Ever since I was a little girl, I’ve always been extremely passionate about raising awareness and funds for my disease, Spinal Muscular Atrophy. It started off with lemonade stands in the neighborhood with my friends, where I would dream about raising $100 for my cause. Then, with the advice and motivation from a friend, I started branching out and designing greeting cards and calendars at the age of ten. It was then that I realized how passionate I was about philanthropy, and the rest pretty much became history.
From there, $5 turned into $100, $100 turned into $1,000, and now I can proudly say I’ve raised around $78,000 for Spinal Muscular Atrophy research. Between the sale of my card and calendar designs and organizing annual fundraisers, I can proudly say this is my biggest accomplishment to date. However, with the innate drive to keep outdoing my previous goals, I’m always looking for different and new ways to bring awareness to this cause. Hence why I began this blog, and also why I’ve done various side projects like the videos on my life and SMA. There’s nothing more rewarding than knowing your hard work is going to help others. So, when I see an opportunity, I’m going to take it.
Earlier this summer, I took a chance and wrote a letter to a state official that I had briefly met one night while out to dinner. I explained my efforts towards SMA, and asked if it were at all possible to get the Rhode Island Statehouse dome lit in the month of August. August is National SMA Awareness Month, and I couldn’t think of a more perfect time to make this happen. To my surprise, he promptly responded to my letter, and gave just the answer I was looking for…YES! Above all else, I wanted the Statehouse to be lit green because green represents the color of hope, and I believe hope is the leading force that keeps the SMA community moving forward.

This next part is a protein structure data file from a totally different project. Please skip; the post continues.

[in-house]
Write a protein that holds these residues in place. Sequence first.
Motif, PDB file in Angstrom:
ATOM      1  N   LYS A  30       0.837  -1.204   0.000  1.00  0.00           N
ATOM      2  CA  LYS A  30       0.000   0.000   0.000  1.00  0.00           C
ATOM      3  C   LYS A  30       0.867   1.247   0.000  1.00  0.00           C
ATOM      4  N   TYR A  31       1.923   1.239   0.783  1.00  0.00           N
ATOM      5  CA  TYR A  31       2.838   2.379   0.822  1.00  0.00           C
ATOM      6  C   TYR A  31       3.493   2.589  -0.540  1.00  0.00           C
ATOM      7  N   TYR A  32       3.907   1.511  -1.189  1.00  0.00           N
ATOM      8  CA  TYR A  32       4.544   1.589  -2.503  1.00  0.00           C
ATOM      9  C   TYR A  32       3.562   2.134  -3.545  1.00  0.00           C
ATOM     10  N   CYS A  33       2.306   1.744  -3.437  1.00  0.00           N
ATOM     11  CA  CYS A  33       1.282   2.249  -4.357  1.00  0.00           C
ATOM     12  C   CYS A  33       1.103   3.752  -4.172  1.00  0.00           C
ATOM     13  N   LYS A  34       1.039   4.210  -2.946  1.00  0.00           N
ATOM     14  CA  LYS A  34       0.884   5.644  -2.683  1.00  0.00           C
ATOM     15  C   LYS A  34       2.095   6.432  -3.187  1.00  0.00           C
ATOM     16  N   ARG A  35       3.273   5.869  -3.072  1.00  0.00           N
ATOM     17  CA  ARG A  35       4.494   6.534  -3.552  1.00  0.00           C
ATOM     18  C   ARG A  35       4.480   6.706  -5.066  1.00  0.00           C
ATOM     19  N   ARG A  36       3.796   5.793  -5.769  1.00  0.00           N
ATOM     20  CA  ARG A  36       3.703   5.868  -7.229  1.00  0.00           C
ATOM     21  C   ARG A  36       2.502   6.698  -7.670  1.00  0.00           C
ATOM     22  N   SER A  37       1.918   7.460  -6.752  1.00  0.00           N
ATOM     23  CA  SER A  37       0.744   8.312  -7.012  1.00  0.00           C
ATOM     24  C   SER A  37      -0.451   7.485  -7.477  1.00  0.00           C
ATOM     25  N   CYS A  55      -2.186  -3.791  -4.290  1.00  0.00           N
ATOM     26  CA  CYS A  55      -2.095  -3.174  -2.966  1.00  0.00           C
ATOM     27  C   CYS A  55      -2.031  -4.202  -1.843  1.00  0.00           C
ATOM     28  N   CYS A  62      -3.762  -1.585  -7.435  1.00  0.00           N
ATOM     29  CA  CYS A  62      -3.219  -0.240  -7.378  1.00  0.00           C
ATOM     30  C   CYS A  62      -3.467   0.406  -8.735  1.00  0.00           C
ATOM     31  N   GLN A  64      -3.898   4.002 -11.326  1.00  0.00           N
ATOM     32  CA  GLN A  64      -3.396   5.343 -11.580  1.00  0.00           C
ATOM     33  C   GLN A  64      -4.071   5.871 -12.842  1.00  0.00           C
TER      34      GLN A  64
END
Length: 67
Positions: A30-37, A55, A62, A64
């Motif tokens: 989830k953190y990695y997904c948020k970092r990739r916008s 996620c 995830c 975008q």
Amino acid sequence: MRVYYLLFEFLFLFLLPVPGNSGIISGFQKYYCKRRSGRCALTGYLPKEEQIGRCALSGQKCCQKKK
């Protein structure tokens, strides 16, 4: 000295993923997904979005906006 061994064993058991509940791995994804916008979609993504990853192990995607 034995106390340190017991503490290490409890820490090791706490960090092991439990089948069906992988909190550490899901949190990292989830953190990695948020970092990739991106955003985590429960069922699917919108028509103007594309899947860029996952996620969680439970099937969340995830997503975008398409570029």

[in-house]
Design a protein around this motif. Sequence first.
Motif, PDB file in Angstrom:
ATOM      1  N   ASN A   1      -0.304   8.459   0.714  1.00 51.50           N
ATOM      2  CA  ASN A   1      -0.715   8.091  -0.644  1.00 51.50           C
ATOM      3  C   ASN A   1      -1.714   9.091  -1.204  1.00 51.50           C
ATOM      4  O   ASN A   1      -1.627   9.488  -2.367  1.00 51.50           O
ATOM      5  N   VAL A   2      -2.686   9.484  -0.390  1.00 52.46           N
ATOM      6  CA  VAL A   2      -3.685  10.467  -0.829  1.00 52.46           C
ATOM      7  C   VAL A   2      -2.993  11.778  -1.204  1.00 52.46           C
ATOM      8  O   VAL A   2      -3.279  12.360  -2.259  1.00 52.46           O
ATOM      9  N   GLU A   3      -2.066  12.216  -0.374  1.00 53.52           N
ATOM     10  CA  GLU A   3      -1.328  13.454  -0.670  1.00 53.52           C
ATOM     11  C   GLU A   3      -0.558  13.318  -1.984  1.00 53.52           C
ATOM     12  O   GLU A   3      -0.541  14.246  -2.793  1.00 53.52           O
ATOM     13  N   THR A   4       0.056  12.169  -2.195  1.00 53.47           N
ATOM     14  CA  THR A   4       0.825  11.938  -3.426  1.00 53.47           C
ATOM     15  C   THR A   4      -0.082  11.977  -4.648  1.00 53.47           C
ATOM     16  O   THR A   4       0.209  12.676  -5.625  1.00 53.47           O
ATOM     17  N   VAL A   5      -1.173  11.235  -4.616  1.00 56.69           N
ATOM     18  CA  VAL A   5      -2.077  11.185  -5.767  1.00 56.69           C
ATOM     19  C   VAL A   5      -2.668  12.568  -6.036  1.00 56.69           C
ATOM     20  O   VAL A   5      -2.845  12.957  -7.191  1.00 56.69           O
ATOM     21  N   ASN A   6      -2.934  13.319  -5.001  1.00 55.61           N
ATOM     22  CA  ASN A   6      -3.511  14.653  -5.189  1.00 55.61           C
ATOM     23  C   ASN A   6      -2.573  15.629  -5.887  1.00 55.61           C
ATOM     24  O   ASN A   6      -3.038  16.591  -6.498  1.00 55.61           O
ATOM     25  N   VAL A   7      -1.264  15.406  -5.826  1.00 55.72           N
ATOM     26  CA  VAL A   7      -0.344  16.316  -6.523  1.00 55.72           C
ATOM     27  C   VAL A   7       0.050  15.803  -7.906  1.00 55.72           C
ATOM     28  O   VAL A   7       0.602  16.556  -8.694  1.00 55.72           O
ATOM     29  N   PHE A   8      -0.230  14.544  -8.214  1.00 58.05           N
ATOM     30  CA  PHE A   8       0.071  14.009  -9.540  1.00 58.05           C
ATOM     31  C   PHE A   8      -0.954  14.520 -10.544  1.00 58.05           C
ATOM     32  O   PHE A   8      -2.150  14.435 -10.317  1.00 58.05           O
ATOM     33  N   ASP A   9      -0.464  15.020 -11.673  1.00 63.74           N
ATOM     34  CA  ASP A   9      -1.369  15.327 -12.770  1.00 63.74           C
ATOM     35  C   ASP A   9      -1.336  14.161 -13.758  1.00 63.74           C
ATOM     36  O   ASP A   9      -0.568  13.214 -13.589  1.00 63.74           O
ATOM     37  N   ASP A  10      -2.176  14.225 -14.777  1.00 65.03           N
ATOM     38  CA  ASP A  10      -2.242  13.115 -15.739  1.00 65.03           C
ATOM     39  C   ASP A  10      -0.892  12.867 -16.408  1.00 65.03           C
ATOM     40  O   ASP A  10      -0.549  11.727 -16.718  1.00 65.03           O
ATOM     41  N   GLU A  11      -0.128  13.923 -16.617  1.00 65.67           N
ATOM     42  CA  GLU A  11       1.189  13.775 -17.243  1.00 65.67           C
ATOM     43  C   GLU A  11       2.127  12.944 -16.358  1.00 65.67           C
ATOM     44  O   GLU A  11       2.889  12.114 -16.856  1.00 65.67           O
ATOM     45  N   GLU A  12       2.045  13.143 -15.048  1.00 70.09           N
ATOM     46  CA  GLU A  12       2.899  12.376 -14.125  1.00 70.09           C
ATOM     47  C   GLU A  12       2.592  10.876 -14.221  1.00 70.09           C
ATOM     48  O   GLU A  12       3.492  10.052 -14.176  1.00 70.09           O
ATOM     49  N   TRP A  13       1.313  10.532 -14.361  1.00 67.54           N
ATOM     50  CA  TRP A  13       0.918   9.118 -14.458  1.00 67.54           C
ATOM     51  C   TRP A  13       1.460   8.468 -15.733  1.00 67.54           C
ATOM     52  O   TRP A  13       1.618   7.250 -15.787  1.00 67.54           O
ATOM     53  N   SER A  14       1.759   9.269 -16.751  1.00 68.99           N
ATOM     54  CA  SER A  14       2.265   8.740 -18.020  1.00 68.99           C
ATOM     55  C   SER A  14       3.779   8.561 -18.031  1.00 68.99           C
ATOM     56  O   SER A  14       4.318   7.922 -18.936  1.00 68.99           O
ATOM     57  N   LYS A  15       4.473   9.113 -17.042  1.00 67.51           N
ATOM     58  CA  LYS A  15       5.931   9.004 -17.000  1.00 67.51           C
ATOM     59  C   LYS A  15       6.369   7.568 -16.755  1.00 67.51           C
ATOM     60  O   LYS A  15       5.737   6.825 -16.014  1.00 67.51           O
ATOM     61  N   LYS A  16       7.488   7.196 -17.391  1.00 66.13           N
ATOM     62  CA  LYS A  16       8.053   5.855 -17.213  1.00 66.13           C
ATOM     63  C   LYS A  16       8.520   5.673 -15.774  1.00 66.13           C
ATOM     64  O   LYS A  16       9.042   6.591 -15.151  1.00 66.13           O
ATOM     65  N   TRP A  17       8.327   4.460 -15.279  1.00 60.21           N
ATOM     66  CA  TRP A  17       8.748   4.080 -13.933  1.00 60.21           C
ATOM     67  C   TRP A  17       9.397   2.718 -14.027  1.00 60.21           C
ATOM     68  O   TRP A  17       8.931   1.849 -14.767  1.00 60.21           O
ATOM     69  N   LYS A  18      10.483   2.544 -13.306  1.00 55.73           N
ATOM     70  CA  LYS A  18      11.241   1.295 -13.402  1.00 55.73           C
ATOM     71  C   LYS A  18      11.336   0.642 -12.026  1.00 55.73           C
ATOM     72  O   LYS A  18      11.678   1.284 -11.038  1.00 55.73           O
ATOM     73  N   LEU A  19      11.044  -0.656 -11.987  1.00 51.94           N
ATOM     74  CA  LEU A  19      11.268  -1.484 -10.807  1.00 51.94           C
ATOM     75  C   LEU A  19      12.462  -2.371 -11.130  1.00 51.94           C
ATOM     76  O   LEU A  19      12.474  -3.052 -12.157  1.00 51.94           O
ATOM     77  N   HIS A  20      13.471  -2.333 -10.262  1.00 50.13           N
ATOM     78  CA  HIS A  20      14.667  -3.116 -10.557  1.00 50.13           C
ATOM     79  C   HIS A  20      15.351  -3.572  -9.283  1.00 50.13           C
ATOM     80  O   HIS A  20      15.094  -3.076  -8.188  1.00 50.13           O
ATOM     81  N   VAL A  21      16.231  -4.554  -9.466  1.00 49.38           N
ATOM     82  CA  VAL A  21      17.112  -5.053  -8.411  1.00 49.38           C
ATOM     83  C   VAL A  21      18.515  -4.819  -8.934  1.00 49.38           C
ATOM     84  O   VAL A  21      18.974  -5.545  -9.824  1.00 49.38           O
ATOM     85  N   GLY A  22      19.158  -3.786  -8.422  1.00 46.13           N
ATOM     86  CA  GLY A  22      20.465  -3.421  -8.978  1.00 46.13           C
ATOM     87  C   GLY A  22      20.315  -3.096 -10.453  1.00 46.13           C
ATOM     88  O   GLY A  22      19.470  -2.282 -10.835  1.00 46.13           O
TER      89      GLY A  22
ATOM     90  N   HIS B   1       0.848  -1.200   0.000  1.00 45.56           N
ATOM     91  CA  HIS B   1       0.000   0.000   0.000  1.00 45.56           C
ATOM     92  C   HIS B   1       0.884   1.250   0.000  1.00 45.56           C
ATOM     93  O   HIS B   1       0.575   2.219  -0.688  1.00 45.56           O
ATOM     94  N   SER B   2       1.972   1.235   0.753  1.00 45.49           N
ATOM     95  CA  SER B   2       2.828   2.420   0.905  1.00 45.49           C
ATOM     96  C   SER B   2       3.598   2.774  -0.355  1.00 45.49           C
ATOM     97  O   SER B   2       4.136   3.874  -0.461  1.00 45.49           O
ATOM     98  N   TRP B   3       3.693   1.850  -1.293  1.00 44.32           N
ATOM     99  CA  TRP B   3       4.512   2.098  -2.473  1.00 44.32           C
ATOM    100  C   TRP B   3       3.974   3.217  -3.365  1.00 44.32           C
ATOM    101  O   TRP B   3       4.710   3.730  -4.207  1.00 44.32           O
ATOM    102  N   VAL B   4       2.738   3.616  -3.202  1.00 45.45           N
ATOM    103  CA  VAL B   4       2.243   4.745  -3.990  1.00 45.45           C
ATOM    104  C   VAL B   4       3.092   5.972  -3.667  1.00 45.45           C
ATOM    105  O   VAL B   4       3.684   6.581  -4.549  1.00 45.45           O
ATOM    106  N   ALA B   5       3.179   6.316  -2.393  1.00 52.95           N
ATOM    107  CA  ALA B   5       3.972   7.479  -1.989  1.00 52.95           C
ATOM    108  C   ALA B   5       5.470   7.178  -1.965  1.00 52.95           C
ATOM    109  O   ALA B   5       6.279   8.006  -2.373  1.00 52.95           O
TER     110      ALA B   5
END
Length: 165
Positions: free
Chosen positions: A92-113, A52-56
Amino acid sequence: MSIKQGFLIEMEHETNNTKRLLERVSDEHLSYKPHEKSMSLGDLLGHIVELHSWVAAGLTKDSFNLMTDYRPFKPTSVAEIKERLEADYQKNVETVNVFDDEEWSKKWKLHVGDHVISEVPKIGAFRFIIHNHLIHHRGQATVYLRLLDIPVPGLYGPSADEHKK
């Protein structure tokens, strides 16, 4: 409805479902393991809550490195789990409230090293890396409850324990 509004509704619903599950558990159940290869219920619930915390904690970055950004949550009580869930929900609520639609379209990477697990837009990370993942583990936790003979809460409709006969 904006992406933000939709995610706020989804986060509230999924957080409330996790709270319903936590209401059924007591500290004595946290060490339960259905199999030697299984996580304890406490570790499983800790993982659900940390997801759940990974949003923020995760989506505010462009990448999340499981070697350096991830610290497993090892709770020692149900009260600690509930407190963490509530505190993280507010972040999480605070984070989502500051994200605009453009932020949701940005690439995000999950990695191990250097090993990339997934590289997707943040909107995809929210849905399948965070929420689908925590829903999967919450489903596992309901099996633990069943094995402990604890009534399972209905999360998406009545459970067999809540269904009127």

In recent years, scientists have begun to make major breakthroughs in Spinal Muscular Atrophy research. It’s unbelievable to think that just twenty years ago, no one had ever really heard of SMA. Little was known about the disease, and doctors were only giving parents what they didn’t want to hear: that nothing was being done to find a cure. Now, here we are, more hopeful than ever for what is ahead. Clinical trials are taking place in different parts of the world, and doctors can finally give parents good news by providing encouragement and optimism. By continuing to push through adversity and advocate for a cause we so passionately believe in, hope just may become a reality in the years to come.
Here in Rhode Island, if you take a drive on I-95 through Providence, you’ll notice our majestic Statehouse right in downtown. And, at different times in the year, you’ll also notice that its dome may be lit a certain color to represent different causes like breast cancer and pancreatic cancer. It’s a great concept, because it makes people wonder why it’s lit, which then ultimately raises awareness. Purposely or not, the Statehouse was built in the perfect spot for any passerby on the highway to catch a quick glimpse of its architectural beauty, and the light that’s glowing on top.
The Statehouse dome lighting began on August 2nd, and will continue to stay lit through August 12th. Being the fortunate girl that I am, I had some great friends and family by my side to watch as the dome gradually began to shine green. I also had the pleasure of sharing the night with a local news station, WPRI Channel 12, that will be airing a segment about it in the near future. That night was more than perfect, and I am forever grateful for those who made it possible including Governor Lincoln Chafee and the Director of the Department of Administration, Mr. Richard Licht.
To anyone and everyone who sees the Statehouse lit, whether you’re driving through the city or taking a stroll through downtown, I hope you remember what the Statehouse represents as it’s lit green. Even if you have never heard of Spinal Muscular Atrophy before, I hope it reminds you to never actually lose sight of hope. After all, hope is what holds us together. It keeps us moving forward knowing that there’s something better and greater for our future.